In the race for Position 1, I support Susan Conn. She has worked to benefit our community for over two decades. As an elected official on the St. Helens School Board and on the St. Helens City Council for two terms, she demonstrated a willingness to collaborate with citizens to reach mutually beneficial decisions. As a volunteer on numerous committees throughout the county, Susan has covered many issues important to us: economic development, housing, police training, mental health and much more. A small business owner and parent, Susan knows what matters to citizens in this community.

Her only special interest is the wellbeing of Columbia County. I urge you to consider voting for our citizen partner, Susan Conn.

Carroll Sweet


Public transportation enhances business development

The March 11 Spotlight had a wonderful article (see “Manufacturing research center could transform Columbia County,” A1) discussing the possibility of a new Advanced Manufacturing Research Center (AMRC) with an eye towards development near the Scappoose airport. The AMRC would create hundreds and perhaps thousands of Columbia County jobs. The presence of the AMRC would also provide the incentive for the spinoff of additional county industrial developments.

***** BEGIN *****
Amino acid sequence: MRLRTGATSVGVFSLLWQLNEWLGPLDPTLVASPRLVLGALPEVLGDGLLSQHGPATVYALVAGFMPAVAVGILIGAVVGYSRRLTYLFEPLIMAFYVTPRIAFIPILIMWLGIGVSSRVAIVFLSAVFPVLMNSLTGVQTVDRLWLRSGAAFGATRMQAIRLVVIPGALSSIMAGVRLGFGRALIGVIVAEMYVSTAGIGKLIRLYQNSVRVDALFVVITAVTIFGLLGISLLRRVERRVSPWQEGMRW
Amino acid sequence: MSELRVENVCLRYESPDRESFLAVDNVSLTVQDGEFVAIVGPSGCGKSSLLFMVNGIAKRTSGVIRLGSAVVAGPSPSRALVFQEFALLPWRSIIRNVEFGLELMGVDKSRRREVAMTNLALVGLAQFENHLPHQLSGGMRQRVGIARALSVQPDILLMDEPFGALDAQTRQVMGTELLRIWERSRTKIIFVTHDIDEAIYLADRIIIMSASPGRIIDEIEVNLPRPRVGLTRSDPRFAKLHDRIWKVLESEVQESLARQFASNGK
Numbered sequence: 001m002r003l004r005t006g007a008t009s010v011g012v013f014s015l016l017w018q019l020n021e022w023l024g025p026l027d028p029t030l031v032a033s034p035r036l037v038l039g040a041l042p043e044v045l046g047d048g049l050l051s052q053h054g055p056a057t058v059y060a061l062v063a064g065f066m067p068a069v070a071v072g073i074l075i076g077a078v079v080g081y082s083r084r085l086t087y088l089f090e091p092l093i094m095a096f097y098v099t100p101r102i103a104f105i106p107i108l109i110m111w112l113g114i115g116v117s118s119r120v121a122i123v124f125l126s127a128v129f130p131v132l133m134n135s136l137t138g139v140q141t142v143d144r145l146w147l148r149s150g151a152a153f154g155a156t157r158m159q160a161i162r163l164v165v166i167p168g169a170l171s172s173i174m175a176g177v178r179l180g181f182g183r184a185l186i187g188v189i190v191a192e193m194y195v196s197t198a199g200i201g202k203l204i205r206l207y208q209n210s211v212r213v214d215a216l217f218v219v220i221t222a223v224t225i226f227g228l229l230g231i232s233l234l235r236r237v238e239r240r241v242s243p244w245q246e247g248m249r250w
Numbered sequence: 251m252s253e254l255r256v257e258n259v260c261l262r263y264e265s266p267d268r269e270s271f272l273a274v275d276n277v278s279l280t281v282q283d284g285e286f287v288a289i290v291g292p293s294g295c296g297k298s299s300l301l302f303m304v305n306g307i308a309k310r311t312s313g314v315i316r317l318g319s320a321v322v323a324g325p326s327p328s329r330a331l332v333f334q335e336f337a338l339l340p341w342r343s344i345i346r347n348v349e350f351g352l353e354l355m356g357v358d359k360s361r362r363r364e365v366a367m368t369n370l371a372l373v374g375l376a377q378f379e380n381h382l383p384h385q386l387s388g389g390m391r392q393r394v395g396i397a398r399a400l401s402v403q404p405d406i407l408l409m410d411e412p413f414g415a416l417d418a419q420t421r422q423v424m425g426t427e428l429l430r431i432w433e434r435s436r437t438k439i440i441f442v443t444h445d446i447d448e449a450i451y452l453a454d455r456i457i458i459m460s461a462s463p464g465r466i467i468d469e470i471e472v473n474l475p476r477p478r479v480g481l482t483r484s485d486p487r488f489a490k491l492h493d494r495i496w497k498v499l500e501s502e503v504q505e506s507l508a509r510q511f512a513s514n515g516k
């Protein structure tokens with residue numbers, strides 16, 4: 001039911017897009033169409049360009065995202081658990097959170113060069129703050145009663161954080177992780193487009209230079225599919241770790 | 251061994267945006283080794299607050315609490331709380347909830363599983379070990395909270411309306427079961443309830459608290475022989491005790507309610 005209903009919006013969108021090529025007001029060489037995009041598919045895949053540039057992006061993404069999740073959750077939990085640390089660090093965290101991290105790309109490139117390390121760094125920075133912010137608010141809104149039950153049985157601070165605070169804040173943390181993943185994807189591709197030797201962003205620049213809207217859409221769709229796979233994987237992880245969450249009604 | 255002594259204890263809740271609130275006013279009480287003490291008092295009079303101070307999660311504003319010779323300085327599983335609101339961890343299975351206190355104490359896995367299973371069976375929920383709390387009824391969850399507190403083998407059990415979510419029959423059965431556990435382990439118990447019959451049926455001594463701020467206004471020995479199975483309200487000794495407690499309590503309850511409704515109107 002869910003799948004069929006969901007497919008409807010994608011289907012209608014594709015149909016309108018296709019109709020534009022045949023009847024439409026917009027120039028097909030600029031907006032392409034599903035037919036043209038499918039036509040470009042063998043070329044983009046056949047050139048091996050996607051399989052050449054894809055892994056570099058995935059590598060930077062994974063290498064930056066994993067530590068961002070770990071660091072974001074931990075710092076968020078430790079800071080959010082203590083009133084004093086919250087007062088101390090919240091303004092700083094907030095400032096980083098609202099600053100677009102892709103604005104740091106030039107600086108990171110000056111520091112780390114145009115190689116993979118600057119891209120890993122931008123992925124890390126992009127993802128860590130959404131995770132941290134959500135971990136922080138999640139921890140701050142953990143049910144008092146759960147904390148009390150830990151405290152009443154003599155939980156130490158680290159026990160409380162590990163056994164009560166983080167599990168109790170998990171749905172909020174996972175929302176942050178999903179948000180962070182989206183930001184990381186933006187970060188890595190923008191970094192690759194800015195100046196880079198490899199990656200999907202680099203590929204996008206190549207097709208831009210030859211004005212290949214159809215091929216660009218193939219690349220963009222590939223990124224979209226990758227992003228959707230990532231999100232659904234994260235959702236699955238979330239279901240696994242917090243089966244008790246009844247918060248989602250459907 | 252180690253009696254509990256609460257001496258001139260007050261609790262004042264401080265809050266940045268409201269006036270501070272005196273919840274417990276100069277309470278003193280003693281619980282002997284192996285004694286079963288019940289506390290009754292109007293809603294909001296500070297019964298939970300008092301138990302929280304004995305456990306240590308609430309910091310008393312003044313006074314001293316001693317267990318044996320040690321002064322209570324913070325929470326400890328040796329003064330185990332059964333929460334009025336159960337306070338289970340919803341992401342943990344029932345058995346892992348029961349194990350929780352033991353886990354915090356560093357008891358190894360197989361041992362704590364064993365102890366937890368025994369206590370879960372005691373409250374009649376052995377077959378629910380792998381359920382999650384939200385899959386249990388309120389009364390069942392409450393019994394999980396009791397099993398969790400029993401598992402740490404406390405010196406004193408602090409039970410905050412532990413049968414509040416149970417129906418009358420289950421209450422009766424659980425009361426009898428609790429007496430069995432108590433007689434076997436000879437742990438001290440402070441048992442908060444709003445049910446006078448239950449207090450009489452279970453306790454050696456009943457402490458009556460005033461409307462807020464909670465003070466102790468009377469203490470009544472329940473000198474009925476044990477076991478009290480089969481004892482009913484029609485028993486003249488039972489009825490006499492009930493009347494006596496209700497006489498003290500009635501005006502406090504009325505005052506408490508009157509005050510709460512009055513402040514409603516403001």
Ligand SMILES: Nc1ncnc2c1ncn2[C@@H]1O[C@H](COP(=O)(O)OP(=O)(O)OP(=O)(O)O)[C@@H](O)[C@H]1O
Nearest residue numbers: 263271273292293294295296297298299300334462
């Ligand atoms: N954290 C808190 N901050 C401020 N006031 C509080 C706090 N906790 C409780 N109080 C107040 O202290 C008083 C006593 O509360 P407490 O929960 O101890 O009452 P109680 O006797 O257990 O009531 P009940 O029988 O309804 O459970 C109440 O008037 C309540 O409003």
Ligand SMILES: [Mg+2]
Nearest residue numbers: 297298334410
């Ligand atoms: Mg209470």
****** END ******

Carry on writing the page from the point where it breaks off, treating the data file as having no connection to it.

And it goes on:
Among the developmental issues of concern are increased traffic congestion on Highway 30, limited housing, and the need to explore additional transit options. To me, transit options are defined primarily as public transportation.

The May ballot will have Measure 5-251, formation of the Columbia County Rider Transportation District, up for a vote. The measure will provide an independent Columbia County transportation system and stable funding for ongoing operations and future expansion.

Yes, the measure will involve a small increase in property taxes, about $4 a month for the average homeowner. Public transportation encourages and enhances business development, creates and sustains employment, connects workers to jobs in suburban and rural areas, and reduces traffic congestion. One or more of the identified AMRC concerns dovetail nicely with the special transportation district goals. Over the years, county agencies have spent millions of dollars on speculative job creation ventures. Public transportation statistics support the position that a robust public transportation system lifts all boats.